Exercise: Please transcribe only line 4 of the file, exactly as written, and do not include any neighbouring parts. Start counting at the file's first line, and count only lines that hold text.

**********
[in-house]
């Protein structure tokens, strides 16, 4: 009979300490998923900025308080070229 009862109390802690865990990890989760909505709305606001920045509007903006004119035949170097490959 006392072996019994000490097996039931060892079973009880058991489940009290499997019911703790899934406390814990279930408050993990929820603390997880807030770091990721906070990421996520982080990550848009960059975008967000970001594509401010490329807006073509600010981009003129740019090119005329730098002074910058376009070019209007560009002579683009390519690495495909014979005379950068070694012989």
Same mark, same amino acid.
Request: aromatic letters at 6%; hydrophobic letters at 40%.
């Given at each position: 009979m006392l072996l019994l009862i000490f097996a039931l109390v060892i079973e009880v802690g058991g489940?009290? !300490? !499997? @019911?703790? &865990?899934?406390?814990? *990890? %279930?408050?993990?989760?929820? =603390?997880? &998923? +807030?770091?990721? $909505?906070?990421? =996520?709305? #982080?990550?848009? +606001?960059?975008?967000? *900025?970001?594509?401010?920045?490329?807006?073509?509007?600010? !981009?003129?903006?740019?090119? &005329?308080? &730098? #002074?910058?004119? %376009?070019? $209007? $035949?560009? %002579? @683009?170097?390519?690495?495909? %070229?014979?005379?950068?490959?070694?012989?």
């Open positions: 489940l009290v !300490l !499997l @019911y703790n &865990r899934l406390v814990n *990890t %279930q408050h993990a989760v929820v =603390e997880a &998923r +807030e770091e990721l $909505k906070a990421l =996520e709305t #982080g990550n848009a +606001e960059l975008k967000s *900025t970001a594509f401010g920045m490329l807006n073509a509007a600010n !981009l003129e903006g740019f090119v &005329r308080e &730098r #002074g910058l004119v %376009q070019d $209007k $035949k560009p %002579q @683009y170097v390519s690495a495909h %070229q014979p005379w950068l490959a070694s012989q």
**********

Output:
Request: aromatic letters at 6%; hydrophobic letters at 40%.